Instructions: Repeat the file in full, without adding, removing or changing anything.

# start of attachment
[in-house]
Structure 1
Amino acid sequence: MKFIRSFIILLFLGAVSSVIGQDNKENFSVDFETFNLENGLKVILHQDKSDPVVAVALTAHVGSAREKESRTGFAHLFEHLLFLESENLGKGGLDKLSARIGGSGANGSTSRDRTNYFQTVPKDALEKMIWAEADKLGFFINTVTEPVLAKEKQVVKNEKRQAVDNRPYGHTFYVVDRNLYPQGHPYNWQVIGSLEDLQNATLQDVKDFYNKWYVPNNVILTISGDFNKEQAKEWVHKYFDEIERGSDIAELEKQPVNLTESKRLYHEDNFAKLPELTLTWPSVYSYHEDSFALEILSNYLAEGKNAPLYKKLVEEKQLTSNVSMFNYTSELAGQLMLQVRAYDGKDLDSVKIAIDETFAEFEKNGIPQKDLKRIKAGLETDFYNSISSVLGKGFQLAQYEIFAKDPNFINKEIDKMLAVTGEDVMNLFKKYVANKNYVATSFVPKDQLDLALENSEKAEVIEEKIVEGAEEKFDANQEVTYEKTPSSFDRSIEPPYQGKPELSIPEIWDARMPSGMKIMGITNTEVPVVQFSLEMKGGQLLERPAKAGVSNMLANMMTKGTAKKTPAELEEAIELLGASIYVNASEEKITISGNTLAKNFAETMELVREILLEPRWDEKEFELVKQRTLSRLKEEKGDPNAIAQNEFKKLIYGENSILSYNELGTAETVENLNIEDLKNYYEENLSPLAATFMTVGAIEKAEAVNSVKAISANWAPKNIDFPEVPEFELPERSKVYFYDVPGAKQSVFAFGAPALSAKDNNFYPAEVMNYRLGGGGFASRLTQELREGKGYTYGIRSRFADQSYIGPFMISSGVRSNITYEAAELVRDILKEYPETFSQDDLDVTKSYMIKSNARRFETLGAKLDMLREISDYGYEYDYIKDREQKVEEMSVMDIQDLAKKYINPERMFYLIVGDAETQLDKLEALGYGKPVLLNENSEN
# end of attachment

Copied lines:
[in-house]
Structure 1
Amino acid sequence: MKFIRSFIILLFLGAVSSVIGQDNKENFSVDFETFNLENGLKVILHQDKSDPVVAVALTAHVGSAREKESRTGFAHLFEHLLFLESENLGKGGLDKLSARIGGSGANGSTSRDRTNYFQTVPKDALEKMIWAEADKLGFFINTVTEPVLAKEKQVVKNEKRQAVDNRPYGHTFYVVDRNLYPQGHPYNWQVIGSLEDLQNATLQDVKDFYNKWYVPNNVILTISGDFNKEQAKEWVHKYFDEIERGSDIAELEKQPVNLTESKRLYHEDNFAKLPELTLTWPSVYSYHEDSFALEILSNYLAEGKNAPLYKKLVEEKQLTSNVSMFNYTSELAGQLMLQVRAYDGKDLDSVKIAIDETFAEFEKNGIPQKDLKRIKAGLETDFYNSISSVLGKGFQLAQYEIFAKDPNFINKEIDKMLAVTGEDVMNLFKKYVANKNYVATSFVPKDQLDLALENSEKAEVIEEKIVEGAEEKFDANQEVTYEKTPSSFDRSIEPPYQGKPELSIPEIWDARMPSGMKIMGITNTEVPVVQFSLEMKGGQLLERPAKAGVSNMLANMMTKGTAKKTPAELEEAIELLGASIYVNASEEKITISGNTLAKNFAETMELVREILLEPRWDEKEFELVKQRTLSRLKEEKGDPNAIAQNEFKKLIYGENSILSYNELGTAETVENLNIEDLKNYYEENLSPLAATFMTVGAIEKAEAVNSVKAISANWAPKNIDFPEVPEFELPERSKVYFYDVPGAKQSVFAFGAPALSAKDNNFYPAEVMNYRLGGGGFASRLTQELREGKGYTYGIRSRFADQSYIGPFMISSGVRSNITYEAAELVRDILKEYPETFSQDDLDVTKSYMIKSNARRFETLGAKLDMLREISDYGYEYDYIKDREQKVEEMSVMDIQDLAKKYINPERMFYLIVGDAETQLDKLEALGYGKPVLLNENSEN